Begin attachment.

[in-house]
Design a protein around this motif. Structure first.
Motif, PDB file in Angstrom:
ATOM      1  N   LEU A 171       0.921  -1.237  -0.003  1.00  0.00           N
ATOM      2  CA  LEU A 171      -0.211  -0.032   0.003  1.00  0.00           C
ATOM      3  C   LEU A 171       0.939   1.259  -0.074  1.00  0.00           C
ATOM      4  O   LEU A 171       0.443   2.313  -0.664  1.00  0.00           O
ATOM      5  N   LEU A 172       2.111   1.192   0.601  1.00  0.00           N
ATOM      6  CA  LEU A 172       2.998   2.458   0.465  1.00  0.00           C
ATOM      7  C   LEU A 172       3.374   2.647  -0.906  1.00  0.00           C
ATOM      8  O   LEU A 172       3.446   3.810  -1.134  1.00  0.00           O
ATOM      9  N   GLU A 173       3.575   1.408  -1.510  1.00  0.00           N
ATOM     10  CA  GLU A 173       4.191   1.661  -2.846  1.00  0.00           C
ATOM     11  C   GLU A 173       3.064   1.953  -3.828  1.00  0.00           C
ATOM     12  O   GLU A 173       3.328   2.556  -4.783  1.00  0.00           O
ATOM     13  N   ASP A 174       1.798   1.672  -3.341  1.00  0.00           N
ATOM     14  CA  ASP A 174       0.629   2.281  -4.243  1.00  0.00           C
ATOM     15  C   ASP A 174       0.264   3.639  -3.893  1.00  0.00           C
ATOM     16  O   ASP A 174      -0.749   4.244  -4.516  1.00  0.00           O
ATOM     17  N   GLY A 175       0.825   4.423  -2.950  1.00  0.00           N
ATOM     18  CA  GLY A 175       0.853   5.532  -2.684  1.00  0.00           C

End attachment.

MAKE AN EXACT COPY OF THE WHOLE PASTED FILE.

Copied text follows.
[in-house]
Design a protein around this motif. Structure first.
Motif, PDB file in Angstrom:
ATOM      1  N   LEU A 171       0.921  -1.237  -0.003  1.00  0.00           N
ATOM      2  CA  LEU A 171      -0.211  -0.032   0.003  1.00  0.00           C
ATOM      3  C   LEU A 171       0.939   1.259  -0.074  1.00  0.00           C
ATOM      4  O   LEU A 171       0.443   2.313  -0.664  1.00  0.00           O
ATOM      5  N   LEU A 172       2.111   1.192   0.601  1.00  0.00           N
ATOM      6  CA  LEU A 172       2.998   2.458   0.465  1.00  0.00           C
ATOM      7  C   LEU A 172       3.374   2.647  -0.906  1.00  0.00           C
ATOM      8  O   LEU A 172       3.446   3.810  -1.134  1.00  0.00           O
ATOM      9  N   GLU A 173       3.575   1.408  -1.510  1.00  0.00           N
ATOM     10  CA  GLU A 173       4.191   1.661  -2.846  1.00  0.00           C
ATOM     11  C   GLU A 173       3.064   1.953  -3.828  1.00  0.00           C
ATOM     12  O   GLU A 173       3.328   2.556  -4.783  1.00  0.00           O
ATOM     13  N   ASP A 174       1.798   1.672  -3.341  1.00  0.00           N
ATOM     14  CA  ASP A 174       0.629   2.281  -4.243  1.00  0.00           C
ATOM     15  C   ASP A 174       0.264   3.639  -3.893  1.00  0.00           C
ATOM     16  O   ASP A 174      -0.749   4.244  -4.516  1.00  0.00           O
ATOM     17  N   GLY A 175       0.825   4.423  -2.950  1.00  0.00           N
ATOM     18  CA  GLY A 175       0.853   5.532  -2.684  1.00  0.00           C